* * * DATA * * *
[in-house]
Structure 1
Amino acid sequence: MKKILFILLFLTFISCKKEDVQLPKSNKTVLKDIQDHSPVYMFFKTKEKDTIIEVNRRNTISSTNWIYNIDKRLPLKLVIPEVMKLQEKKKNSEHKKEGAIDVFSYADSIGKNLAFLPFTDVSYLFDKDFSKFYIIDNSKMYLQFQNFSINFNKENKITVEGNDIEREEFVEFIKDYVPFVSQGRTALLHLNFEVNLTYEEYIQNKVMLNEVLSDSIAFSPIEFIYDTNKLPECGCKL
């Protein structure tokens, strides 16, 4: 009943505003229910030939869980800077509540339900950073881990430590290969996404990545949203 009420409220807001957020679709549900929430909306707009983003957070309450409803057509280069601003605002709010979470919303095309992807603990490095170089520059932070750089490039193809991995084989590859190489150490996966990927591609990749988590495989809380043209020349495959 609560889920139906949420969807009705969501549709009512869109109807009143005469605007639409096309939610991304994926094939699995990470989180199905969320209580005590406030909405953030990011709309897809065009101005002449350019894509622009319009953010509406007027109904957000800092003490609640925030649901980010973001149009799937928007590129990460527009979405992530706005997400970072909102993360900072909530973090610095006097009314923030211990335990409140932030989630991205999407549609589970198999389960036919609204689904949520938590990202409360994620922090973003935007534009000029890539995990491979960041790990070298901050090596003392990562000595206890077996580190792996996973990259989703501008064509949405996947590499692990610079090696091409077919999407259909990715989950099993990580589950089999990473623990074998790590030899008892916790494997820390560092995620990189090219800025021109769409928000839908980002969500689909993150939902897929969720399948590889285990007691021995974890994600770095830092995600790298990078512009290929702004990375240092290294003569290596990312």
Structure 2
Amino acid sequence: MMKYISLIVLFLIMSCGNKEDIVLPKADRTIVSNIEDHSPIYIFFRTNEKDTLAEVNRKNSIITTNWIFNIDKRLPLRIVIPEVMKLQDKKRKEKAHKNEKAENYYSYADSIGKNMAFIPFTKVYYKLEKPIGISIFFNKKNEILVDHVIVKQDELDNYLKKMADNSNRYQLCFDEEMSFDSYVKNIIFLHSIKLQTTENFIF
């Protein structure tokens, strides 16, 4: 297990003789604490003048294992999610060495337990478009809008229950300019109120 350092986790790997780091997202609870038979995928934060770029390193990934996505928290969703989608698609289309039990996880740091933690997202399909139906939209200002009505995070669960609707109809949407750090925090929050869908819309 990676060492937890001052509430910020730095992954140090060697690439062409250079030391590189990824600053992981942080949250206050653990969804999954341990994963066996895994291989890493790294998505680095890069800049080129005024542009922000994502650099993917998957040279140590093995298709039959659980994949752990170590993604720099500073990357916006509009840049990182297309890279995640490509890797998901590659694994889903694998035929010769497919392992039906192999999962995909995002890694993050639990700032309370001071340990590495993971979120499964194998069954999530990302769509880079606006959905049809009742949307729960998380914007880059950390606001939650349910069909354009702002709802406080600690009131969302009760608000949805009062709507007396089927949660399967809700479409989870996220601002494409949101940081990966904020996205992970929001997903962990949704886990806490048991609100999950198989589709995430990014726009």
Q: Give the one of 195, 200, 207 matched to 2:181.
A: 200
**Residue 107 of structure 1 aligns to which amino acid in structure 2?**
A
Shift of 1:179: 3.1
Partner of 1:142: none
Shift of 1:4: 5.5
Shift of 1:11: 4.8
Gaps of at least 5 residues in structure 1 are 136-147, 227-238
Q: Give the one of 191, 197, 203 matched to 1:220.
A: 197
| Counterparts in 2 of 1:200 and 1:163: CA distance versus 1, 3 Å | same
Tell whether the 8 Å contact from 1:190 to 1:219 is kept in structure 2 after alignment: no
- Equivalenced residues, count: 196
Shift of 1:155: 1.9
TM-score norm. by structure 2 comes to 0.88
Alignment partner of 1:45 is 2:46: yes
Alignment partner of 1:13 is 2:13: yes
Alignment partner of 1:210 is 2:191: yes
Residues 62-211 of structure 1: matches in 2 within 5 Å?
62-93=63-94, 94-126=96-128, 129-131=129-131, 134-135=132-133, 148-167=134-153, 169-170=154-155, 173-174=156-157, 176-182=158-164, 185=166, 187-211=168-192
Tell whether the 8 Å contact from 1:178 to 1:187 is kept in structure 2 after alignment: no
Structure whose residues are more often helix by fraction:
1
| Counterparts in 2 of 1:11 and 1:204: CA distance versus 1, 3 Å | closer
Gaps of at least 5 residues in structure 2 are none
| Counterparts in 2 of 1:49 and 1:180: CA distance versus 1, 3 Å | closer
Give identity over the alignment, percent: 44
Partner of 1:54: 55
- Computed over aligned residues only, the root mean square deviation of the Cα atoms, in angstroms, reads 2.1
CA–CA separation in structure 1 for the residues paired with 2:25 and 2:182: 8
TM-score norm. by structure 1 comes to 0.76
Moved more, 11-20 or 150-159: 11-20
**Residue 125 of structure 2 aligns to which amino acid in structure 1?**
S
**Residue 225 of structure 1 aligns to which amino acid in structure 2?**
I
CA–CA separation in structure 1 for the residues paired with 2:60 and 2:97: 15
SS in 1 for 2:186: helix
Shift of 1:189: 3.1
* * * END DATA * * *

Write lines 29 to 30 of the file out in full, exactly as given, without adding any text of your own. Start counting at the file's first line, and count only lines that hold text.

Tell whether the 8 Å contact from 1:178 to 1:187 is kept in structure 2 after alignment: no
Structure whose residues are more often helix by fraction: